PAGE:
American Memory is an Internet-based archive for public domain image resources, as well as audio, video, and archived Web content. It is published by the Library of Congress. The archive came into existence on October 13, 1994 after $13,000,000 was raised in donations.
From the outset, the National Digital Library was truly a collaborative national endeavor. Bipartisan support from the United States Congress for $15 million over five years and a unique public-private partnership involving entrepreneurial and philanthropic leadership led to more than $45 million in private sponsorship from 1994 through 2000.
Beginning in 1996, the Library of Congress sponsored a three-year competition with a $2 million gift from the Ameritech Corporation to enable public, research, and academic libraries, museums, historical societies, and archival institutions (with the exception of federal institutions) to digitize American history collections and make them available on the Library’s American Memory site. The competition produced 23 digital collections that complement American Memory, which now features more than 100 thematic collections.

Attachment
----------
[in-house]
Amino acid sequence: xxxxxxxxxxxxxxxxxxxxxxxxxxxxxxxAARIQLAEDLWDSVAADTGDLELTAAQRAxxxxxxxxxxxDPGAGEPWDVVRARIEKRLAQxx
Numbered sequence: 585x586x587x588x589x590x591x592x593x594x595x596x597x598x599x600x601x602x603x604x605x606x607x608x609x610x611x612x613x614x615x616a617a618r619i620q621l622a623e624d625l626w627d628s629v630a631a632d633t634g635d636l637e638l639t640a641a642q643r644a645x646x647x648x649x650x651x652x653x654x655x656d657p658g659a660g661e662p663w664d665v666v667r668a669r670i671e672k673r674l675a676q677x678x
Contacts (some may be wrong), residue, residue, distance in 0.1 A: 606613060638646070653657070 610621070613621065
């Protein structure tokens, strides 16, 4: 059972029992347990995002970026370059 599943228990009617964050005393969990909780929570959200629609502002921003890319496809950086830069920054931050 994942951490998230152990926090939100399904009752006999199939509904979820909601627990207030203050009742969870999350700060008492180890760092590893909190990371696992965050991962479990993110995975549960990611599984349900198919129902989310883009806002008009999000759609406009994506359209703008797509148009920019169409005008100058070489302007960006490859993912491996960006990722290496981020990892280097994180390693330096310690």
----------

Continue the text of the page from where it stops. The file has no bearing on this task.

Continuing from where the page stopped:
The National Digital Library exceeded its goal of making five million items available online by 2000. American Memory will continue to expand online historical content as an integral component of the Library of Congress’s commitment to harnessing new technology as it fulfills its mission "to sustain and preserve a universal collection of knowledge and creativity for future generations."